Ultrasound helps identify future threats of Deep Vein Thrombosis following ablation treatment in patients receiving radiofrequency ablation (RA) or laser ablation (LA) for superficial venous disease such as varicose veins, revealed a study published in the Annals of Vascular Surgery.
Deep vein thrombosis (DVT) occurs when a blood clot (thrombus) forms in one or more of the deep veins in your body, usually in your legs. Deep vein thrombosis can cause leg pain or swelling, but also can occur with no symptoms. Ablation is the accepted mode of treatment but the risk of future Deep Vein Thrombosis occurring again still remains.
The study demonstrated that patients who underwent RA or LA and had a follow-up duplex ultrasound within 30 days of the ablation procedure had better outcomes of the ablation procedure and the incidence of DVT decreased over the study period. Also, in the study LA (2.8%) demonstrated a lower incidence of DVT at 30-days compared to RFA (3.4%).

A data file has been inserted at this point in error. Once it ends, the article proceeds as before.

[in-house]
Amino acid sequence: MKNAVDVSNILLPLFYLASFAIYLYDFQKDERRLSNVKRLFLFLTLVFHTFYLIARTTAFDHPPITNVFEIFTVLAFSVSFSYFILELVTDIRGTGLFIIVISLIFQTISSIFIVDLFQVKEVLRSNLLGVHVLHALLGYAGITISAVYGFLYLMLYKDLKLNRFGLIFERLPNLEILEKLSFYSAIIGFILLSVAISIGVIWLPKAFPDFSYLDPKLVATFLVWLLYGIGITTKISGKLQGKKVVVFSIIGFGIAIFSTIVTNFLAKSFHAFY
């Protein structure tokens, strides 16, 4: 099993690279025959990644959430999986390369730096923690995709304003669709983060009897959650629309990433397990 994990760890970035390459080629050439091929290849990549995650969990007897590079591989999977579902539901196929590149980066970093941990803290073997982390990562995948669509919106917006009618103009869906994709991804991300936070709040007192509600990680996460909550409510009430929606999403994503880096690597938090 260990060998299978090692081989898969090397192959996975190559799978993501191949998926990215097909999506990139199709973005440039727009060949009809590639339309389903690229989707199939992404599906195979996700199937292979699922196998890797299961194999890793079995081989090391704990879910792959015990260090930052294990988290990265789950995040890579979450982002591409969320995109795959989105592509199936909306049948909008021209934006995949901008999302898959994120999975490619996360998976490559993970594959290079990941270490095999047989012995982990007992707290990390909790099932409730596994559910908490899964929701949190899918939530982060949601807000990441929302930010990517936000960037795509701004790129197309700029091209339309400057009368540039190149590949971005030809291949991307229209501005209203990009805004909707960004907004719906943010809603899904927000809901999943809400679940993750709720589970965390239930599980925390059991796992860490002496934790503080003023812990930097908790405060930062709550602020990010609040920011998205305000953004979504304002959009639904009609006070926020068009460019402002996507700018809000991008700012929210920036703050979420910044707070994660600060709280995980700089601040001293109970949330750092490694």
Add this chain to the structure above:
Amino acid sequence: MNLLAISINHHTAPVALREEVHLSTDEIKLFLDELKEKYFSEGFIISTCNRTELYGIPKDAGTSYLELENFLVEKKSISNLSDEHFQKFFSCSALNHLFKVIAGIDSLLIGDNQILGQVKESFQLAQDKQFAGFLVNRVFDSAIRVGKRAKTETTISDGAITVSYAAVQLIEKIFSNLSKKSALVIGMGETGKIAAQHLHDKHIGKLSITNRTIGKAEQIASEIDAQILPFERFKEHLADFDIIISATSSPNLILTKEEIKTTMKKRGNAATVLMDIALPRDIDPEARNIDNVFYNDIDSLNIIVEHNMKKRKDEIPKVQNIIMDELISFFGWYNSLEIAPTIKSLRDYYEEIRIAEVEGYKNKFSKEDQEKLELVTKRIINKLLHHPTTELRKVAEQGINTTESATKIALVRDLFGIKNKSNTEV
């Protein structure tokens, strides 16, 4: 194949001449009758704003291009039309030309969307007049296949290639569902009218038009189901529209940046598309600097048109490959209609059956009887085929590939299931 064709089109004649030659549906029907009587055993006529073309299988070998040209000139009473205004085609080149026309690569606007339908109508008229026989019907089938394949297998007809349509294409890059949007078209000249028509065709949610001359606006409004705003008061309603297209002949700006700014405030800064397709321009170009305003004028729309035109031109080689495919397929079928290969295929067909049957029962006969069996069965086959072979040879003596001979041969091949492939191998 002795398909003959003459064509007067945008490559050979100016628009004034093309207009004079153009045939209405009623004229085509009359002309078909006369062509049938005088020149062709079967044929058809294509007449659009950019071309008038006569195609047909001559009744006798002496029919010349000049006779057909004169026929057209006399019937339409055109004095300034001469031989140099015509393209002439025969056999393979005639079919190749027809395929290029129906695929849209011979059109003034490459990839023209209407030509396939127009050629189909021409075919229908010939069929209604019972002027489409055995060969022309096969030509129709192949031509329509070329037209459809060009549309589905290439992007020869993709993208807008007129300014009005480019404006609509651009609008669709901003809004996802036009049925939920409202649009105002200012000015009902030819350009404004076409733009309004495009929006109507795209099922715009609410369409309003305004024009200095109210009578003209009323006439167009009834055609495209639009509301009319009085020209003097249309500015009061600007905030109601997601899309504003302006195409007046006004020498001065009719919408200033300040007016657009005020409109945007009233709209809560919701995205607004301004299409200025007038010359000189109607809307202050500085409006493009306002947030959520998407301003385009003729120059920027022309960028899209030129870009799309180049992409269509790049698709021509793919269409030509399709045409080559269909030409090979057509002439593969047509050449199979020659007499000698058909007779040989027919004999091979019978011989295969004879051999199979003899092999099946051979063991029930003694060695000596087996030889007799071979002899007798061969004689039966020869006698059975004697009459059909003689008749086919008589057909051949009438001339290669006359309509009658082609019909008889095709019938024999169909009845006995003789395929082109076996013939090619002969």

The research attempted to describe the risk factors and incidence of DVT following radiofrequency ablation (RFA) and laser ablation (LA) in perspective of the controversial levels of thrombotic complications such as deep vein thrombosis (DVT) following venous ablation process for symptomatic superficial venous insufficiency.
The authors queried the Truven Health Marketscan Database from 2007-16 for patients who underwent RFA or LA and had a follow-up duplex ultrasound within 30 days of the ablation procedure. The primary outcome was DVT at 7- and 30-days identified by ICD-9 and ICD-10 codes. Multivariable regression was used to evaluate the patient and procedural variables associated with a DVT at 30-days expressed as odds ratios with a 95% confidence interval (OR 95%CI). Patients and procedures with a previous DVT diagnosis were excluded.
The authors concluded that the incidence of newly diagnosed DVT within 30-days of an ablation procedure was 3.2%. The risk for DVT decreased in recent years and LA was associated with an 18% decreased risk compared to RFA.
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